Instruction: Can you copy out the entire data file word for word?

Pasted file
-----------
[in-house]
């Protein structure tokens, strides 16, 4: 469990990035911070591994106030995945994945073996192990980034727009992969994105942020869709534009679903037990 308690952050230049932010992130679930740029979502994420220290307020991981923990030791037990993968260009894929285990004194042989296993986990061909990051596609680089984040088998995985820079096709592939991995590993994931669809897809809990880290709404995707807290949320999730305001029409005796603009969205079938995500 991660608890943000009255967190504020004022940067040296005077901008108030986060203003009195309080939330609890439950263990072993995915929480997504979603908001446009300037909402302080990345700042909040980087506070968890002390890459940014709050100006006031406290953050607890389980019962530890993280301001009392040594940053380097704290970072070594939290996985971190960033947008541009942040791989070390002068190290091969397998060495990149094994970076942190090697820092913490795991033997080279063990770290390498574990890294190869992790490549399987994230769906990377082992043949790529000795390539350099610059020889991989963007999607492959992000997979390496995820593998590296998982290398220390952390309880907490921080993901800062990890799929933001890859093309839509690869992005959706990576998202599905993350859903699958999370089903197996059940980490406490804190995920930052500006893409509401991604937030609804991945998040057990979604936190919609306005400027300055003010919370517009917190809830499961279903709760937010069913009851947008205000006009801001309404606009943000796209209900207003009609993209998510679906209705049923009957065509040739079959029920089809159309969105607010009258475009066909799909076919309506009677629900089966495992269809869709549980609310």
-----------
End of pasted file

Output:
[in-house]
């Protein structure tokens, strides 16, 4: 469990990035911070591994106030995945994945073996192990980034727009992969994105942020869709534009679903037990 308690952050230049932010992130679930740029979502994420220290307020991981923990030791037990993968260009894929285990004194042989296993986990061909990051596609680089984040088998995985820079096709592939991995590993994931669809897809809990880290709404995707807290949320999730305001029409005796603009969205079938995500 991660608890943000009255967190504020004022940067040296005077901008108030986060203003009195309080939330609890439950263990072993995915929480997504979603908001446009300037909402302080990345700042909040980087506070968890002390890459940014709050100006006031406290953050607890389980019962530890993280301001009392040594940053380097704290970072070594939290996985971190960033947008541009942040791989070390002068190290091969397998060495990149094994970076942190090697820092913490795991033997080279063990770290390498574990890294190869992790490549399987994230769906990377082992043949790529000795390539350099610059020889991989963007999607492959992000997979390496995820593998590296998982290398220390952390309880907490921080993901800062990890799929933001890859093309839509690869992005959706990576998202599905993350859903699958999370089903197996059940980490406490804190995920930052500006893409509401991604937030609804991945998040057990979604936190919609306005400027300055003010919370517009917190809830499961279903709760937010069913009851947008205000006009801001309404606009943000796209209900207003009609993209998510679906209705049923009957065509040739079959029920089809159309969105607010009258475009066909799909076919309506009677629900089966495992269809869709549980609310």